“Every breakthrough we saw came at a personal cost to my husband and I.”

Other times, it was the challenge of getting visas to remain in the country. This took a toll on our sense of well being and emotional health. There was also the loss of death. At key moments of forward movement in ministry, tragedy seemed to strike. A co-worker was killed in a sudden accident. This happened just a week after we had prayed for special covering and protection over all our staff.

“What was I to do with this continual loss and suffering? How would I keep it from destroying me? Was it just part of what was necessary to see breakthroughs and movements released?”

Questions swirled in my mind when we faced these difficult challenges.

“Now if we are children, then we are heirs — heirs of God and co-heirs with Christ, if indeed we share in His sufferings in order that we may also share in His glory.” Romans 8: 17- NIV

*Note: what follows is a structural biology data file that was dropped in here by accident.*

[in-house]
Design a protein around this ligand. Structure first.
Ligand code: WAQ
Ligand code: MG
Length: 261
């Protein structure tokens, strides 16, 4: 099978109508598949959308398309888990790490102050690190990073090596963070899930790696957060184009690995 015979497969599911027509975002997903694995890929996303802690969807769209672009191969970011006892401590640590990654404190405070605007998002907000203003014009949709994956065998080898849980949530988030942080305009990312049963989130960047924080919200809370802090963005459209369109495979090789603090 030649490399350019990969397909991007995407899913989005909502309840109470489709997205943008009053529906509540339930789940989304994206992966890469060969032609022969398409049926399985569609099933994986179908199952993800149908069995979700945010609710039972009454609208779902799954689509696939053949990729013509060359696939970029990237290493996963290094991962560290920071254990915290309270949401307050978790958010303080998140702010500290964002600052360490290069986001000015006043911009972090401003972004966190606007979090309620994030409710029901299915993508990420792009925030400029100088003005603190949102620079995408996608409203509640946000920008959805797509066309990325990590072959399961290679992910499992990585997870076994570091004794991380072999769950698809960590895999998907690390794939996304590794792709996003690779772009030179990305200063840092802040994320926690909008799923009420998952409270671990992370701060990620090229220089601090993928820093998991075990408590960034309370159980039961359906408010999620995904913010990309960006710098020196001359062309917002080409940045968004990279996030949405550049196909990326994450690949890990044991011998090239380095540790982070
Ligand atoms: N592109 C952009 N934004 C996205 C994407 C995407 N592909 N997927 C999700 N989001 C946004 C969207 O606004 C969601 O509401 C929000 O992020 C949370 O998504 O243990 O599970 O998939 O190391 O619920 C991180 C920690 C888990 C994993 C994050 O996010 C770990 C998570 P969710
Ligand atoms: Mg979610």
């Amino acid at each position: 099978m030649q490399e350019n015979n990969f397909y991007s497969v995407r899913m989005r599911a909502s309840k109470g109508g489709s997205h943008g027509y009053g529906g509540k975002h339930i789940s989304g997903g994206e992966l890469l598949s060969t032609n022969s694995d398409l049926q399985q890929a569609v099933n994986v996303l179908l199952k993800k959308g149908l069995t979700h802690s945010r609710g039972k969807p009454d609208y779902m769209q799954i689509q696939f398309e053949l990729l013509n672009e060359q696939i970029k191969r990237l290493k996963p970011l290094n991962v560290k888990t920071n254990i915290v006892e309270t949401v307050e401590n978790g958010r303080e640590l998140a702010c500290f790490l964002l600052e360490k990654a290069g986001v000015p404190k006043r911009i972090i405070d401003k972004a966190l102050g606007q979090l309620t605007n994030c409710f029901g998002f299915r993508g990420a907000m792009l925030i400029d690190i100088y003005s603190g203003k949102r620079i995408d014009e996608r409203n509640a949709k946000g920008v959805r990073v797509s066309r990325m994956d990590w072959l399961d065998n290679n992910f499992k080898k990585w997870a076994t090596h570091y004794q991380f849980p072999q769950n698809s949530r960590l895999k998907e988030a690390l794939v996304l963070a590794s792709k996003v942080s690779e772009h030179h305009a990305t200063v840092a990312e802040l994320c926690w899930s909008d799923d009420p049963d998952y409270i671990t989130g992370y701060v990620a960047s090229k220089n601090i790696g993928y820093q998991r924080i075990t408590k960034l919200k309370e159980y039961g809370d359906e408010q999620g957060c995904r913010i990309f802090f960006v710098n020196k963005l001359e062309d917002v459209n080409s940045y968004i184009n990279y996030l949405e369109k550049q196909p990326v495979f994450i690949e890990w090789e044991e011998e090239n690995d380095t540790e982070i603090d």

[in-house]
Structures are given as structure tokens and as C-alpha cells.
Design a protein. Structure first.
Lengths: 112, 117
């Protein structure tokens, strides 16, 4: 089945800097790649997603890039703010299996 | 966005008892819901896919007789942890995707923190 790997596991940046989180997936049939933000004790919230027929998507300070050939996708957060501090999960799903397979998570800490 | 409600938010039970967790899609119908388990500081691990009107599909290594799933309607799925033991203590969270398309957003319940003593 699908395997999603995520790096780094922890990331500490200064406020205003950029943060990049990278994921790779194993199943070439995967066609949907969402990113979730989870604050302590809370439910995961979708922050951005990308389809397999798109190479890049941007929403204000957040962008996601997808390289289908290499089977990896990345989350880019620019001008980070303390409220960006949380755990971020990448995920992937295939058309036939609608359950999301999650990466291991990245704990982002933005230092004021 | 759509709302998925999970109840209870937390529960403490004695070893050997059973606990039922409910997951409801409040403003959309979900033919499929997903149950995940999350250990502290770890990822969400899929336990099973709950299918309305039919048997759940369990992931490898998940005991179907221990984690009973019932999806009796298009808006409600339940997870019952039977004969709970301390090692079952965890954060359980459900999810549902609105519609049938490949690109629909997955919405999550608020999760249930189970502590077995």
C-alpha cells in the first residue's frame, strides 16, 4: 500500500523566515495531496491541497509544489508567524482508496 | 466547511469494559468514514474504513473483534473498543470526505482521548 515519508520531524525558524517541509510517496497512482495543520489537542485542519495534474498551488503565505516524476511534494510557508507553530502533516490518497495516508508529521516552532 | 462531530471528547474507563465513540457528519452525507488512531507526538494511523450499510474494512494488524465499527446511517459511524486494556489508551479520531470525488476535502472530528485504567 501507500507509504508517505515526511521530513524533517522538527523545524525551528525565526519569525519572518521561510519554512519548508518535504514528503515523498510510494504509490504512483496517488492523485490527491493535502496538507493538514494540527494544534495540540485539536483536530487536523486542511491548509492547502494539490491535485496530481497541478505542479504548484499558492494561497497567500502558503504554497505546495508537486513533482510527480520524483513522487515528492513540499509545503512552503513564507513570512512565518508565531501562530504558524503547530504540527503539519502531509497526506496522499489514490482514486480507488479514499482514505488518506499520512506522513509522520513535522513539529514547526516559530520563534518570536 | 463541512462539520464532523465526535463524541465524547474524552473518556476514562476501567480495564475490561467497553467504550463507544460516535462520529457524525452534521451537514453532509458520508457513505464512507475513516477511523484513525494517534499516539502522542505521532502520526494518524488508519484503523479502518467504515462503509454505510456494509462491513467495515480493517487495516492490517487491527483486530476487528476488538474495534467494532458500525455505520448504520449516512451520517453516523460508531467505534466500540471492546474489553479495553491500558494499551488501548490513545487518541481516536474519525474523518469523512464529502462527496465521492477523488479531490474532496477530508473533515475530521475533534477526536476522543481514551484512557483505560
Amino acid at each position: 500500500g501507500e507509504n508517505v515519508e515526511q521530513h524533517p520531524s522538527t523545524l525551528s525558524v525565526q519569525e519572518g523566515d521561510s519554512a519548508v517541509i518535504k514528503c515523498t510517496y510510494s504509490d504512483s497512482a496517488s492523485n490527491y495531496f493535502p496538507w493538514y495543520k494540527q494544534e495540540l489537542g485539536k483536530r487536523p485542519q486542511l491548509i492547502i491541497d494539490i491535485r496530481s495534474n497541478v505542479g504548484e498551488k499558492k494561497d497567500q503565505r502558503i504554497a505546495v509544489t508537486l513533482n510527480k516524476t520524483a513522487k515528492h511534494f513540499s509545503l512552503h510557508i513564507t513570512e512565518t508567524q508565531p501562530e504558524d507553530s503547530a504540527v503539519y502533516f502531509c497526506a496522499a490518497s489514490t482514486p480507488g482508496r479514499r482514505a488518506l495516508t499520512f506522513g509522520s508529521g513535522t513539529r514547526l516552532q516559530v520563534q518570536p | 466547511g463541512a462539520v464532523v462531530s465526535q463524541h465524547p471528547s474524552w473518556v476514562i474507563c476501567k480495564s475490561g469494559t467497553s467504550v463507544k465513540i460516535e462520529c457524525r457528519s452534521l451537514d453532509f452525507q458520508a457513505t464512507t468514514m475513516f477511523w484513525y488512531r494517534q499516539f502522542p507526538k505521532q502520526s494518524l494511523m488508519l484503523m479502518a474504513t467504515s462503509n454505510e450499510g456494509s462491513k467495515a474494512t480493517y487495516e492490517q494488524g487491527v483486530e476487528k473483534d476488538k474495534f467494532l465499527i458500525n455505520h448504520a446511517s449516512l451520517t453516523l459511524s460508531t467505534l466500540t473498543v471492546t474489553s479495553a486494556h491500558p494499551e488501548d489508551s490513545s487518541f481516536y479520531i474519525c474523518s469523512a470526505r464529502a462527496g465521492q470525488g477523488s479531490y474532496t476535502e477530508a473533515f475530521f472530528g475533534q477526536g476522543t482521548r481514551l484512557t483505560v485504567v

How God Uses Suffering

Dan Allender writes in his book Cry of the Soul,

“Suffering may be caused by the hand of an enemy, but God uses sorrow for the sake of redemption.” read more

Evangelism Starts With Love

evangelism starts

Ding, dong. They are at your door. Or maybe they are walking through the train. They’re selling something you don’t need or want. It is a children’s encyclopedia set, some kind of kitchen gadget, or cheaply made toys. How do you feel? The primary thought in my mind is always, “How do I get rid of these people as fast as possible?” I want to stay polite and kind, but not have to listen to them! Many people feel that way toward us when we share the gospel. Are we just salespeople, pushing our goods? No. Absolutely not. But, our evangelism is no more than a slick sales tactic, if it doesn’t flow from genuine love for the unreached.

It’s Love Not Performance

Evangelism starts with love. Allow God to continually fill you with His heart for lost people. If we are doing evangelism out of a sense of duty, obligation, or an “I should”, we will not be effective. Nor will our efforts bring pleasure to God. He wants us to have His heart. Is this still your primary motivation for sharing His story? God’s aching heart for the lost?